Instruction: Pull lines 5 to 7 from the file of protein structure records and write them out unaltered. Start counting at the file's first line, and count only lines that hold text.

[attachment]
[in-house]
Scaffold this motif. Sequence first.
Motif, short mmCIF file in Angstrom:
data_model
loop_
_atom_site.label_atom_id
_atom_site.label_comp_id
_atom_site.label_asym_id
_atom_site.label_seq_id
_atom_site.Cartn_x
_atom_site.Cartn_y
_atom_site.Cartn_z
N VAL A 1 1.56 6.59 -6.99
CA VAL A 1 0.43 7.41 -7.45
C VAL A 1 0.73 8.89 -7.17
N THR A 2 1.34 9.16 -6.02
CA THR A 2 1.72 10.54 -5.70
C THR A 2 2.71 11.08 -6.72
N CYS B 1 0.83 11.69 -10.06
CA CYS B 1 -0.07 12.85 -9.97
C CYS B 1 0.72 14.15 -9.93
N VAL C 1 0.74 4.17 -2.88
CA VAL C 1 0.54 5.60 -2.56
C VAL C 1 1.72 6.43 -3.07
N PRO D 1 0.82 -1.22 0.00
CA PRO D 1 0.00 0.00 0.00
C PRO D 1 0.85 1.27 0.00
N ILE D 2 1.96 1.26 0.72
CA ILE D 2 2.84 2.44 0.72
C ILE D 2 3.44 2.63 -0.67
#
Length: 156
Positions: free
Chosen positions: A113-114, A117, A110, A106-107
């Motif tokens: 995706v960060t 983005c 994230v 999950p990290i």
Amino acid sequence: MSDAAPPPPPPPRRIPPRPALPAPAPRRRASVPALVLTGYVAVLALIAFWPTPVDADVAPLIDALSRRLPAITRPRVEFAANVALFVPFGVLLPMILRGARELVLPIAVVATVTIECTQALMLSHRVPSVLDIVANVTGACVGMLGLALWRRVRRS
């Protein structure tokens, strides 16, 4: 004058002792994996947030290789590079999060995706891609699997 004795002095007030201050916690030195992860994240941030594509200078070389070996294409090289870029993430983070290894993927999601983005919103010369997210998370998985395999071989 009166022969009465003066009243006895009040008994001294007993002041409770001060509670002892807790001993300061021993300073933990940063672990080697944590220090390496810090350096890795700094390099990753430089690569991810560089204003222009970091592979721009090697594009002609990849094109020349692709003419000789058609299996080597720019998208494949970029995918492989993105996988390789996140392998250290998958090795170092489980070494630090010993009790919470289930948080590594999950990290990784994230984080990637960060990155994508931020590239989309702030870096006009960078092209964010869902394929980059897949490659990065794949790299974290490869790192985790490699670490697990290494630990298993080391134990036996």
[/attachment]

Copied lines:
loop_
_atom_site.label_atom_id
_atom_site.label_comp_id